I beg all those whom I may have inadvertently offended (for I do not remember knowingly offending anyone), or to whom I may have given bad examples or scandals, to forgive me the harm they believe I may have done them.
I beg all those who have Charity to unite their prayers with mine, to obtain from God the forgiveness of my sins.
I forgive sincerely those who have made enemies of mine without my having given them any reason to do so, and I pray God to forgive them, as well as those who by a false zeal, or by a misunderstood zeal, have done me much harm.
I commend to God my wife, my children, my sister, my aunts, my brothers, and all those who are attached to me by blood ties, or in any other way. I pray God especially to cast eyes of mercy on my wife, my children and my sister who have long suffered with me, to sustain them by his grace if they come to lose me, and as long as they remain in this perishable world.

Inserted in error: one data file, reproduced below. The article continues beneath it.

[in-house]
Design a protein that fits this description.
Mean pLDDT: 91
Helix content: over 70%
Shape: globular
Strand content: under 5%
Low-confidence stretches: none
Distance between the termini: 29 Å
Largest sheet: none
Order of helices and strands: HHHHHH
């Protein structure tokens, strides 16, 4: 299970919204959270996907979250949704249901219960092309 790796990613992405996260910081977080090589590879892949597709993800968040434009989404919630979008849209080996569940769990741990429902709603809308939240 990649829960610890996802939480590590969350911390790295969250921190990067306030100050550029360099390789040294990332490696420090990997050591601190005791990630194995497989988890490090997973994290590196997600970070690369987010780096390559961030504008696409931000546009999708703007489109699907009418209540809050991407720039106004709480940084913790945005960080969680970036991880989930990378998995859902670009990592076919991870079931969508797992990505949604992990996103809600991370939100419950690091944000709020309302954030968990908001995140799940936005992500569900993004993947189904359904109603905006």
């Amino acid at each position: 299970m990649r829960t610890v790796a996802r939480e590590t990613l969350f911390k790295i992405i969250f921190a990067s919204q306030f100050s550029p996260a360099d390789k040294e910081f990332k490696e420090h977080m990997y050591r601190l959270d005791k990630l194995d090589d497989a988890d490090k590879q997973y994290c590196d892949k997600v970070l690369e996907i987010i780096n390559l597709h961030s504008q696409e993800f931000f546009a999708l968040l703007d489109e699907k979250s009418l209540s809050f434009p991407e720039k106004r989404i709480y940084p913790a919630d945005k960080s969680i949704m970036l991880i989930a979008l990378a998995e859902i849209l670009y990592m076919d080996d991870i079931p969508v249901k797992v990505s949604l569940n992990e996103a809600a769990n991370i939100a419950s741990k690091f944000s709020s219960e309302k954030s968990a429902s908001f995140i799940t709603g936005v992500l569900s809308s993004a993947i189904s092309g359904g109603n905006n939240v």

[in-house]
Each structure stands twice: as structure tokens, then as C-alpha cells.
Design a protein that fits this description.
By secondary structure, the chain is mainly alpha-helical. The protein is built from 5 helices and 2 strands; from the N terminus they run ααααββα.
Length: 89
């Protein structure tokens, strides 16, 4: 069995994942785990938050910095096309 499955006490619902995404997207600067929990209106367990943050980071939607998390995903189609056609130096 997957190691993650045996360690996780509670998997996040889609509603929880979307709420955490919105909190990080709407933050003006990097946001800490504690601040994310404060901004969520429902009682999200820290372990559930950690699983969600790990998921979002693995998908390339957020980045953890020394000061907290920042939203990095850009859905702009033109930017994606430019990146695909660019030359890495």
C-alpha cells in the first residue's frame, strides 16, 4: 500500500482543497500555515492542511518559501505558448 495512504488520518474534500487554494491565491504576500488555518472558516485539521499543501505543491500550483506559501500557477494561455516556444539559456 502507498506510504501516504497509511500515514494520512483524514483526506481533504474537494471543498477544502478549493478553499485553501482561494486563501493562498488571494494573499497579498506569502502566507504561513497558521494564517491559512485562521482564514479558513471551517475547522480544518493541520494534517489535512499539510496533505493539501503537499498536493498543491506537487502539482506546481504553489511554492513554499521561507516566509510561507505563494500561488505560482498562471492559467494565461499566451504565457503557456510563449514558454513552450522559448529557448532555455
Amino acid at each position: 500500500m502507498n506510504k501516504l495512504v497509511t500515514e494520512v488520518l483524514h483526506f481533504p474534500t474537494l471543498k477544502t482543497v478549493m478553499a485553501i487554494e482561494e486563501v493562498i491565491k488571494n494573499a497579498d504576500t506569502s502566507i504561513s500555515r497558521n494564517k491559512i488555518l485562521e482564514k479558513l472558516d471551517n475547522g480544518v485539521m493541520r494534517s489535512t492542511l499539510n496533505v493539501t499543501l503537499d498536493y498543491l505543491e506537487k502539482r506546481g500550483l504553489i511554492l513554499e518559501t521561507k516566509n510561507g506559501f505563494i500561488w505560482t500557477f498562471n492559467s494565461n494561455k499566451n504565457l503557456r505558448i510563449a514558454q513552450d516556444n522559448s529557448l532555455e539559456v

I recommend my children to my wife, I have never doubted her maternal tenderness for them; I especially recommend her to make them good Christians and honest men, to make them look at the greatness of this world (if they are condemned to experience it) only as dangerous and perishable goods, and to turn their eyes towards the only solid and lasting glory of Eternity. I beg my sister to continue her tenderness to my children, and to take their place of a mother, if they should have the misfortune to lose theirs.
I beg my wife to forgive me for all the pains she suffers for my sake, and the sorrows I may have given her in the course of our union, just as she can be sure that I will not hold anything against her if she believes she has something to reproach herself for.